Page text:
What the Press would say:James L. Brooks' latest dramedy, "A New Agenda", tackles all kind of conflicts such as old versus young, life versus death, and living life versus staying still. The film is about Danny Albertson, played brilliantly in a career defining performance by comedian Carl Reiner, and how he comes to terms with his wife, Angela Lansbury, passing away. He attempts to complete a list (things that he and his wife had always wanted to do but never finished doing) along with his wife's nurse, smartly portrayed by Parker Posey, his brother-in-law, Al Pacino in his best role since "Scent of a Woman", his sister, Louise Fletcher in a remarkable return to film, and a blind hitchhiker, Christopher Lloyd in his best role to date. This is not a road trip film, most of the action takes place in different areas around the country.
I'll start with the acting by the best ensemble I've seen in years. First, Carl Reiner delivers an Oscar worthy performance as an aging professor who loses his wife. Reiner's comic roots shine here as well as some dramatic qualities that we've never seen in him. Reiner is hilarious and heartbreaking as he attempts to finish what he and his wife started. Next, Parker Posey plays Lansbury's vibrant nurse. Posey, like Reiner, shows comedy and drama. Posey serves as the younger balance to the mostly older cast. Parker Posey offers insight to the other characters about how life has changed. This monologue by Posey is hysterically funny but also very relevant. It defines her performance. Louise Fletcher delivers her best performance since "One Flew Over the Cuckoo's Nest". Playing the chain smoking, cranky, tired, and menopause stricken sister of Carl Reiner, Fletcher is outstanding. Christopher Lloyd plays a blind hitchhiker. Simply put Lloyd is outstanding. Last but not at all least, Al Pacino plays the outrageous Edgar Suite, brother to Angela Lansbury. This is so unlike all of Pacino's past characters but this ranks as one of his best. The first time that you see Al Pacino he is decked out in a flowered Hawaiian shirt waiting for a car to pick him up. He clicks his tongue and emits a short and frustrated sigh. That sigh alone could win Pacino the Oscar. Pacino not only displays amazing comic ability but he also shows some classic Pacino drama when he talks about his dead sister. The Oscar is Pacino's, enough said.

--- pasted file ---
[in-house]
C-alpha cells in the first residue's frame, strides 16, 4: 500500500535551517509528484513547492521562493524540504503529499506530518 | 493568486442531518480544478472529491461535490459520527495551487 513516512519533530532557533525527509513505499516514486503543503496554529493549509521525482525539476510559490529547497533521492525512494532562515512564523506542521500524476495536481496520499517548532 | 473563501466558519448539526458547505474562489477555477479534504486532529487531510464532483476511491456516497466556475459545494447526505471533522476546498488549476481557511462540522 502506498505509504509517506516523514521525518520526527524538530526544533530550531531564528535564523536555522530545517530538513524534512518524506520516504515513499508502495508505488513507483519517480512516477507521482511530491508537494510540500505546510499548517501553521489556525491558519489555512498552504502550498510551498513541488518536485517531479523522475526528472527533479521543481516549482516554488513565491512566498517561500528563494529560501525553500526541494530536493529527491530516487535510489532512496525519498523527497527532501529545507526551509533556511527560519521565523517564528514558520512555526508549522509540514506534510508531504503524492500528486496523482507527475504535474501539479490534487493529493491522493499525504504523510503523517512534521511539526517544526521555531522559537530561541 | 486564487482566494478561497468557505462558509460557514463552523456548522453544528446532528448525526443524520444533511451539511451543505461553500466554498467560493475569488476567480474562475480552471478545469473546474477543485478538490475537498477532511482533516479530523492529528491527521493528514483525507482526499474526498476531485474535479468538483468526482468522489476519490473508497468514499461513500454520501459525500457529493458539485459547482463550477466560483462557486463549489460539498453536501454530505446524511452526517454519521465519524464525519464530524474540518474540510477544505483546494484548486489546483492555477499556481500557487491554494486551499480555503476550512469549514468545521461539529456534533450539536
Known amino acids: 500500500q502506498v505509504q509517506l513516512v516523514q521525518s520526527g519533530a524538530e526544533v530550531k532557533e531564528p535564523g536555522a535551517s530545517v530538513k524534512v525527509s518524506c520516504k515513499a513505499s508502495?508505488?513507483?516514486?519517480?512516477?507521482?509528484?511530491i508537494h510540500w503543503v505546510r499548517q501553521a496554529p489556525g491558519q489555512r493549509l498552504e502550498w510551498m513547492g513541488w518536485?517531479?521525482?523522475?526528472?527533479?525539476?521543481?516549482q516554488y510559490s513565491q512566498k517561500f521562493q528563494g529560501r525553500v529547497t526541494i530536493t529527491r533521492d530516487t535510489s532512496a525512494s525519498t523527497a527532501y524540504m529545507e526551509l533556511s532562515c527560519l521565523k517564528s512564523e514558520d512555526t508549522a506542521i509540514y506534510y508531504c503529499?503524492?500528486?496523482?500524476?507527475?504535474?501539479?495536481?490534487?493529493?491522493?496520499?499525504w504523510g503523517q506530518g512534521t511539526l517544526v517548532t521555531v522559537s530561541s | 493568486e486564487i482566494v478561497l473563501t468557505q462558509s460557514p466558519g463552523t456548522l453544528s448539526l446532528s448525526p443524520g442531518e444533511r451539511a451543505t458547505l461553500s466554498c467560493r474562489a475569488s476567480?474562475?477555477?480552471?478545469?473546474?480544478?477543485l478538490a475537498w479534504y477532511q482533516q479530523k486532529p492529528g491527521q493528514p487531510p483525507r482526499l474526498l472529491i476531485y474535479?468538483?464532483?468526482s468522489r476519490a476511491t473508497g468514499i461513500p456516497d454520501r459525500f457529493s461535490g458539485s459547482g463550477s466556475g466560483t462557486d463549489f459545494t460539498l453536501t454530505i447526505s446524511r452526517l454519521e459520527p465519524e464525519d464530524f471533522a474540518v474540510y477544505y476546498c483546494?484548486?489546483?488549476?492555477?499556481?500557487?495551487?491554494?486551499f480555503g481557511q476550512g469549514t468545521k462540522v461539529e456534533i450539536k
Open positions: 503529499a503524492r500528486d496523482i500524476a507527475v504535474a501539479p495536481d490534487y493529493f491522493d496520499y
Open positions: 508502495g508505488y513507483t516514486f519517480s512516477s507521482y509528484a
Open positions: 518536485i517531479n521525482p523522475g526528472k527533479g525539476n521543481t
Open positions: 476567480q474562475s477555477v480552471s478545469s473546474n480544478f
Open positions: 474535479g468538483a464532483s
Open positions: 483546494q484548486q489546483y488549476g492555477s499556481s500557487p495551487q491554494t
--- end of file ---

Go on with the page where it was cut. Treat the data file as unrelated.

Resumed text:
The writing by Mark Andrus is top notch. He is a comedy writer but his screenplay is very well rounded with elements of both comedy and drama. He has written a fantastic screenplay, one of the best in years. James L. Brooks' direction is something great. A scene with Parker Posey and Al Pacino racing on top of Mount Rushmore comes to mind as one of the best directed scenes of the year (Posey wins in a landslide). "A New Agenda" is a hilarious, tearjerking, and profound film. With an amazing ensemble, exceptional screenplay, outstanding direction, and a very true statement about the world around us, "A New Agenda" should become the sleeper hit of the year.
Best Picture- James L. Brooks
Best Director- James L. Brooks
Best Actor in a Leading Role- Carl Reiner
Best Actor in a Supporting Role- Al Pacino
Best Actress in a Supporting Role- Louise Fletcher
Best Actress in a Supporting Role- Parker Posey
Best Original Screenplay- Mark Andrus